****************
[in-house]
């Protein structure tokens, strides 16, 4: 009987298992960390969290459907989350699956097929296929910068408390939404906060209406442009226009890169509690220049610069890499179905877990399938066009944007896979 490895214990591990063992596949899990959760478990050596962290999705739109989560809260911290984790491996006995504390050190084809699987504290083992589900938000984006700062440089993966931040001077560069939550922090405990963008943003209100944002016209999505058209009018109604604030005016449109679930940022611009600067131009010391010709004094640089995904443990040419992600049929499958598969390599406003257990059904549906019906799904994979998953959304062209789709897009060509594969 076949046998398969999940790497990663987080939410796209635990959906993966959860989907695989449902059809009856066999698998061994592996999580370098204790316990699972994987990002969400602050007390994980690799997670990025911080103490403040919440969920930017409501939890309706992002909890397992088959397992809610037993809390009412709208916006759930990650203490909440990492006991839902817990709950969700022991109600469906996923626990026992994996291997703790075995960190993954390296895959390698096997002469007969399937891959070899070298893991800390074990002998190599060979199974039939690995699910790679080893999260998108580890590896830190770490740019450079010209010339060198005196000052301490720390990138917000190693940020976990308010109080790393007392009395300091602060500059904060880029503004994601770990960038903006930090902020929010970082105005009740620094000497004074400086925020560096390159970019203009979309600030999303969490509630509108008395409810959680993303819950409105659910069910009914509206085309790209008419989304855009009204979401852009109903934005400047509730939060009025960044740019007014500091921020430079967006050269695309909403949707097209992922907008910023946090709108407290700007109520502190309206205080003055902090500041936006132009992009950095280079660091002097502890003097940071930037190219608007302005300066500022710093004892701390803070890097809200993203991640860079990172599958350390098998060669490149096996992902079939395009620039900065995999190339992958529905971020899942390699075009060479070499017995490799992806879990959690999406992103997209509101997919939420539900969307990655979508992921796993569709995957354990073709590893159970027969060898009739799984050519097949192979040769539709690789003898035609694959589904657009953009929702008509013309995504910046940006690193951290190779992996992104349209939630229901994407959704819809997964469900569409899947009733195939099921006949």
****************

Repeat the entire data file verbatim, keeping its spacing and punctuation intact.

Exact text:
[in-house]
């Protein structure tokens, strides 16, 4: 009987298992960390969290459907989350699956097929296929910068408390939404906060209406442009226009890169509690220049610069890499179905877990399938066009944007896979 490895214990591990063992596949899990959760478990050596962290999705739109989560809260911290984790491996006995504390050190084809699987504290083992589900938000984006700062440089993966931040001077560069939550922090405990963008943003209100944002016209999505058209009018109604604030005016449109679930940022611009600067131009010391010709004094640089995904443990040419992600049929499958598969390599406003257990059904549906019906799904994979998953959304062209789709897009060509594969 076949046998398969999940790497990663987080939410796209635990959906993966959860989907695989449902059809009856066999698998061994592996999580370098204790316990699972994987990002969400602050007390994980690799997670990025911080103490403040919440969920930017409501939890309706992002909890397992088959397992809610037993809390009412709208916006759930990650203490909440990492006991839902817990709950969700022991109600469906996923626990026992994996291997703790075995960190993954390296895959390698096997002469007969399937891959070899070298893991800390074990002998190599060979199974039939690995699910790679080893999260998108580890590896830190770490740019450079010209010339060198005196000052301490720390990138917000190693940020976990308010109080790393007392009395300091602060500059904060880029503004994601770990960038903006930090902020929010970082105005009740620094000497004074400086925020560096390159970019203009979309600030999303969490509630509108008395409810959680993303819950409105659910069910009914509206085309790209008419989304855009009204979401852009109903934005400047509730939060009025960044740019007014500091921020430079967006050269695309909403949707097209992922907008910023946090709108407290700007109520502190309206205080003055902090500041936006132009992009950095280079660091002097502890003097940071930037190219608007302005300066500022710093004892701390803070890097809200993203991640860079990172599958350390098998060669490149096996992902079939395009620039900065995999190339992958529905971020899942390699075009060479070499017995490799992806879990959690999406992103997209509101997919939420539900969307990655979508992921796993569709995957354990073709590893159970027969060898009739799984050519097949192979040769539709690789003898035609694959589904657009953009929702008509013309995504910046940006690193951290190779992996992104349209939630229901994407959704819809997964469900569409899947009733195939099921006949």